History of Empire Township, McLean County, Illinois
From: History of McLean County Illinois
By: Jacob L. Hasbrouck
Historical Publishing Company
Topeka-Indianoplis 1924

Empire Township. - Ever since the settlement of the county, Empire has had a leading part in its history. It formed a desirable place for first settlers, being provided with timber, water and rich prairie land. John Buckles came to this section in 1827 and settled at the grove which bears his name. This and other groves in the township comprise 8,700 acres. Buckles and his family of thirteen children always bore a leading part in the township's history. Michael Dickerson came in 1830. He had two sons, Henry and Frank, who were leading citizens. The Greenman family settled at Blooming Grove in 1829 and afterward removed to Buckles Grove. The Crumbaughs came in 1830. Henry Crumbaugh kept a noted pack of hounds. David Crumbaugh was another well known member of the family. Squire Hiram Buck was a settler in 1837 and was the first postmaster at Leroy. He also served as justice of the peace for eighteen years and was one of the members of the county court in the '50's. Mahlon Bishop came to Buckles Grove in 1835 and was elected to the legislature in 1837. He was one of the first known "farmer candidates." A school was built in 1837, known as the Clearwater School, of which William Johnson was the first teacher.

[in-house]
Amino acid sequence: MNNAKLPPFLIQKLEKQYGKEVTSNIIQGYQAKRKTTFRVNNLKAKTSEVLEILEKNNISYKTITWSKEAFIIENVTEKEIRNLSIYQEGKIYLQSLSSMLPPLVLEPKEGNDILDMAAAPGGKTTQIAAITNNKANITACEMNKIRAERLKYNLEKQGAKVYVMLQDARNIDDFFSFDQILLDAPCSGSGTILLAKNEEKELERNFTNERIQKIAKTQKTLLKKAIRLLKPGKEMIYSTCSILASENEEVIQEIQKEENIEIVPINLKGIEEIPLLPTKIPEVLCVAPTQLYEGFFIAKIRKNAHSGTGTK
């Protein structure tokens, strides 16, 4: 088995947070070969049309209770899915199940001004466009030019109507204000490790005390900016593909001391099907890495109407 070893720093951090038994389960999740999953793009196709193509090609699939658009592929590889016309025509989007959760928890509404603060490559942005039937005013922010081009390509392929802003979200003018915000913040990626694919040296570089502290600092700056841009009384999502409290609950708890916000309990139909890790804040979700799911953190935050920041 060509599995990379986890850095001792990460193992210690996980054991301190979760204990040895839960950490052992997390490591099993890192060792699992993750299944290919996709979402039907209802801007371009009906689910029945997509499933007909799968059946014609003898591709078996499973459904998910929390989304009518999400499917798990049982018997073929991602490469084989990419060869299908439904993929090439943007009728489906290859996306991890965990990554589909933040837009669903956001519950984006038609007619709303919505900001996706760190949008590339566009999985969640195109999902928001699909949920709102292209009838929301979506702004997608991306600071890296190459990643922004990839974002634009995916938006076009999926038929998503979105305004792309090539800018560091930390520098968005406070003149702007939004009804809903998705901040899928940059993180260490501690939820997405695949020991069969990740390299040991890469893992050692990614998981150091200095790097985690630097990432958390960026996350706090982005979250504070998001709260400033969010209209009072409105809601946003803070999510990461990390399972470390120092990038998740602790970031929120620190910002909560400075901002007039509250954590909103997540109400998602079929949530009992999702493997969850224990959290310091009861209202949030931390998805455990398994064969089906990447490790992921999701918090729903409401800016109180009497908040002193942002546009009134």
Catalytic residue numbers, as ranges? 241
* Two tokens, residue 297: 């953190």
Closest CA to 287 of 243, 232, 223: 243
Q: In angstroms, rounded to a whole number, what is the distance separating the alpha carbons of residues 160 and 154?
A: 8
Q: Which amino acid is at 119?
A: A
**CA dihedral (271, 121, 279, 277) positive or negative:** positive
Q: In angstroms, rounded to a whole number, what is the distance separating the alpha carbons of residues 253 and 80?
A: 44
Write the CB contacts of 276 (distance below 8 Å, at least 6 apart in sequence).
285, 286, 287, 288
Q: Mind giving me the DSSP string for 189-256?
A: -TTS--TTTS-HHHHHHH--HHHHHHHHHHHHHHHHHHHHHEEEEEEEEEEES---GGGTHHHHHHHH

Empire Township was early the home of the most prosperous farmers and cattle raisers of the county. There was timber for building, water for the stock and rich prairie lands for grazing. The earliest mill in this township was built in 1835, and shortly afterward there were mills built on Salt Creek by David Phillips and Isaac Williamson. They were crude affairs, but helped to grind the grain of the settlers.

A new era dawned for the township on the construction of the first railroad, the Danville, Urbana, Bloomington & Pekin, later the Big Four and now part of the Nickel Plate. The township donated $75,000 toward the construction of the road, and got two stations, Leroy and Empire. Later a branch of the Illinois Central was built from Leroy to Rantoul and West Lebanon, Ind.